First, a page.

Before the Germans bombed Belgium in 1940, Tournai was a city that creaked under the weight of its own rich history. Conquered by the French, it was thought more beautiful than Paris. Conquered by the English, it was the favored city of King Henry the Eighth.
It was also a city of God.
One hundred bell towers, four hundred bells. So many churches, their spires teetering at odd angles, they eclipsed the narrow streets, streets filled with knots of nuns and priests moving about like so many bees.
God was Tournai's main industry. The banks, the universities, the cafes, the souvenir shops which sold the nearly authentic relics: they all thrived on God. Survived by creating a city devoted to devotion.
In Tournai, God, apparently, was as common as air.
The baker said he saw Him in a cherry tart. The milliner, in the eye of a peacock feather. The trash man said he saw Him tumbling down the alleyways in the white grease of the frietzaks, the abandoned paper cones, their twice-fried potatoes eaten long ago. These sightings of God were well documented in newspapers and radio broadcasts. They were proudly spoken of in the streets.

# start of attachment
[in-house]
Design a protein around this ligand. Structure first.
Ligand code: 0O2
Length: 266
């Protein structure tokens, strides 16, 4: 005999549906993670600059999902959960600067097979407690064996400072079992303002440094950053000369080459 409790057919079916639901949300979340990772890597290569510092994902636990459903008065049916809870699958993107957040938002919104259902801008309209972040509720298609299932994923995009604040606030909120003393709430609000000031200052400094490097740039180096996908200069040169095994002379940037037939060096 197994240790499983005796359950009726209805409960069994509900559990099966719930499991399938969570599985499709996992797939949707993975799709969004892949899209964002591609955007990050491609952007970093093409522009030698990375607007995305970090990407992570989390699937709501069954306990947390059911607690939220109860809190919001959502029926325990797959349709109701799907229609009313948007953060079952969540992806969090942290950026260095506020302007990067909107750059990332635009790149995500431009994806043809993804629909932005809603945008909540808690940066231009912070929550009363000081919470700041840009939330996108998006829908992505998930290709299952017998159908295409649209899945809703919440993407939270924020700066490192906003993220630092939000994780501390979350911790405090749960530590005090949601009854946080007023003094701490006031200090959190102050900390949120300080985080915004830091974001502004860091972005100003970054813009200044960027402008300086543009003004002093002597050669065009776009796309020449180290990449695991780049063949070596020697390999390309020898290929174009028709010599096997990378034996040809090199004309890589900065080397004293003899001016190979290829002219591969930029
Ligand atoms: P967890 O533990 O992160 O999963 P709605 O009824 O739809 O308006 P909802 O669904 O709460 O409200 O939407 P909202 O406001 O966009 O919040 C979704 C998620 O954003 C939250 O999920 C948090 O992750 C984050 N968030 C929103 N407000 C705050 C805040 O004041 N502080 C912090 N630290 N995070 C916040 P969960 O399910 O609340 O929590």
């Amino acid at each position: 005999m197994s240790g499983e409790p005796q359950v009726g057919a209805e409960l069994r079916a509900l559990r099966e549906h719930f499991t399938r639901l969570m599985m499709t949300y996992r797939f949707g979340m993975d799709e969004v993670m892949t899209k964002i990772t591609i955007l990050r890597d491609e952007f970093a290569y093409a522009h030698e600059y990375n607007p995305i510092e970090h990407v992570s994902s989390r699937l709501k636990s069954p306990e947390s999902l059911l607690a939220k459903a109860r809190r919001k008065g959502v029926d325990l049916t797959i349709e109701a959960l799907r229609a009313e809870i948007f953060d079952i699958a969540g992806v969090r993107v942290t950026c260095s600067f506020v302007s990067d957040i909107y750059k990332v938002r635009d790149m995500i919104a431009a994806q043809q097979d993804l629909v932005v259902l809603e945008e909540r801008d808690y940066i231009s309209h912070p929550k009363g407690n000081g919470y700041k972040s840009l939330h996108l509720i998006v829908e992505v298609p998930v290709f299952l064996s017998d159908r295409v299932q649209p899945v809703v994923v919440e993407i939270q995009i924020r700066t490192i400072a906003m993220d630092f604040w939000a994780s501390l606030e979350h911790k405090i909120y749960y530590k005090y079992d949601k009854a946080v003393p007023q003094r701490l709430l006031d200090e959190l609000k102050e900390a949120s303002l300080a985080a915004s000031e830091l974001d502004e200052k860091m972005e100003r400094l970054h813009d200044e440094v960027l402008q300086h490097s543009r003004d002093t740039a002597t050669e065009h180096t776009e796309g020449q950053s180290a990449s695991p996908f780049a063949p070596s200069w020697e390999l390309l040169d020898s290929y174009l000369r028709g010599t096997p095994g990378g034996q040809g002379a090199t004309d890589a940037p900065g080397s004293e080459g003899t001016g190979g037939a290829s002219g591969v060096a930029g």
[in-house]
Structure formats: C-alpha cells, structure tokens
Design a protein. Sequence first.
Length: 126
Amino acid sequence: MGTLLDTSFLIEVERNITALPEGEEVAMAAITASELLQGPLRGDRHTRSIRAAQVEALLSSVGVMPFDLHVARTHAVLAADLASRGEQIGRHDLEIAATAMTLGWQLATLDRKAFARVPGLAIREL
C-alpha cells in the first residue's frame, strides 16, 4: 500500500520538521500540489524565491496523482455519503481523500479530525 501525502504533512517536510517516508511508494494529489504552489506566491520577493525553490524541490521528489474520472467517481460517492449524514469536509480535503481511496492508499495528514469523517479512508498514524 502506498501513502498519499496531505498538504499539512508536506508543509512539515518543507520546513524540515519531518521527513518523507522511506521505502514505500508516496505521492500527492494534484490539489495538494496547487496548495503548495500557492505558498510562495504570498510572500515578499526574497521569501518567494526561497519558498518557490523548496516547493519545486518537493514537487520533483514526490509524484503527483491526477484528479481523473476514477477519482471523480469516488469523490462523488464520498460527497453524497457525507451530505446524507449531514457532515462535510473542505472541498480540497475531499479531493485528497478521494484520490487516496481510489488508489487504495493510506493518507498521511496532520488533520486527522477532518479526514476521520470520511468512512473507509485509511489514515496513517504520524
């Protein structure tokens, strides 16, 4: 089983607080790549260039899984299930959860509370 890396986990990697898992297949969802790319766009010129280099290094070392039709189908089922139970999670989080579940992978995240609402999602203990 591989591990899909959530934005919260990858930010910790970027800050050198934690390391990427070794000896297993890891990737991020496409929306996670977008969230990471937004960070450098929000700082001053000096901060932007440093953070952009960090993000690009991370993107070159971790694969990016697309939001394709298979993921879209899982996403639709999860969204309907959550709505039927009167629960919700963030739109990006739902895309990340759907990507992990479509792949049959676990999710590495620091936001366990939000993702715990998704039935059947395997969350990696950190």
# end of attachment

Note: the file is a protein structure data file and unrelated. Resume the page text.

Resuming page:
“Did you know that the barber saw the face of the Virgin on the floor of his shop yesterday?”
“No, but I heard the butcher found a small cross within the belly of a lamb.”
Everywhere, everyone saw God. How could they not? In Tournai, seeing God was a matter of civic pride.
Then bombs came. Then soldiers. Then silence.
Now recruitment posters cover the church doors. Ersatz kommando der waffen! The Germans are asking for help. Support us! they say, and show the enemy in his “true light”—a red devil, the Star of David around his neck. The devil laughs at the cross, crushes Belgium with his pitchfork.
Some of the priests, their churches in rubble, ask their congregations to consider the Germans’ position. Did not the Jews betray our Savior? they ask.
Ersatz kommando der waffen!
Since the occupation began, it is said that God has not been seen in Tournai. It is believed that He quietly slipped away. Heartbroken, He eased himself out of the situation, unsure if He would ever return.
Excerpted from IN THE COMPANY OF ANGELS © Copyright 2001 by N. M. Kelby. Reprinted with permission by Hyperion. All rights reserved.
In the Company of Angels